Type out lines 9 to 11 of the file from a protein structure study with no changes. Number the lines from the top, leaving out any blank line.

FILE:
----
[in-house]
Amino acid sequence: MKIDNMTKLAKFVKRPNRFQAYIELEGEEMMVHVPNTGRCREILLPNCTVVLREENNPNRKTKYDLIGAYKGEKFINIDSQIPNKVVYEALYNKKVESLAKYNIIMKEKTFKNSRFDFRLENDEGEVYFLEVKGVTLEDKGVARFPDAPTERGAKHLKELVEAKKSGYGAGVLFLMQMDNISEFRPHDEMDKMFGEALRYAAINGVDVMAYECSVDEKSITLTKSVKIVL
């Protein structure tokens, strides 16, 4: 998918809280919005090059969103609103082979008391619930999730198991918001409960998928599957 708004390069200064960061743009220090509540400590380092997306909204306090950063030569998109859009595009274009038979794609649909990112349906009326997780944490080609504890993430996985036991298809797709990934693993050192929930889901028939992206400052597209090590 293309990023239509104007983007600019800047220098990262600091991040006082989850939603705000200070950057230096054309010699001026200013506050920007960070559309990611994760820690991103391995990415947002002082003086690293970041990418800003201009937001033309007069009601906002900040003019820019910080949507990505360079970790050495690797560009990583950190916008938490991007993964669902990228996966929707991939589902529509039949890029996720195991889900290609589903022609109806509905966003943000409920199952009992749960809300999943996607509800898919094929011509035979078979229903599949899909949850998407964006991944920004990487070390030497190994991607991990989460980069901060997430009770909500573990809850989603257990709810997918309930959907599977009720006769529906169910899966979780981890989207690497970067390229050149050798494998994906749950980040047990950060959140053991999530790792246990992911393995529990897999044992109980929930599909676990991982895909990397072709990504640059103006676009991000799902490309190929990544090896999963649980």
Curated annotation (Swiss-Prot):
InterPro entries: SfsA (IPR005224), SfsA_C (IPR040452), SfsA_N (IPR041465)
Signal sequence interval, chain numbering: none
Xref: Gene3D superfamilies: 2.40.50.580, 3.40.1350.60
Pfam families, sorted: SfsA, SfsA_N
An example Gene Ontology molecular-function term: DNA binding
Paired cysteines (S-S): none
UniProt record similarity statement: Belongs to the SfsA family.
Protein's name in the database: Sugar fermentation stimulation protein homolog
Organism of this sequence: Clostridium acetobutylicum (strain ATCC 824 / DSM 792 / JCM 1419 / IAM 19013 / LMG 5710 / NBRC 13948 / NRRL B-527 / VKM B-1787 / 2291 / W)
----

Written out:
An example Gene Ontology molecular-function term: DNA binding
Paired cysteines (S-S): none
UniProt record similarity statement: Belongs to the SfsA family.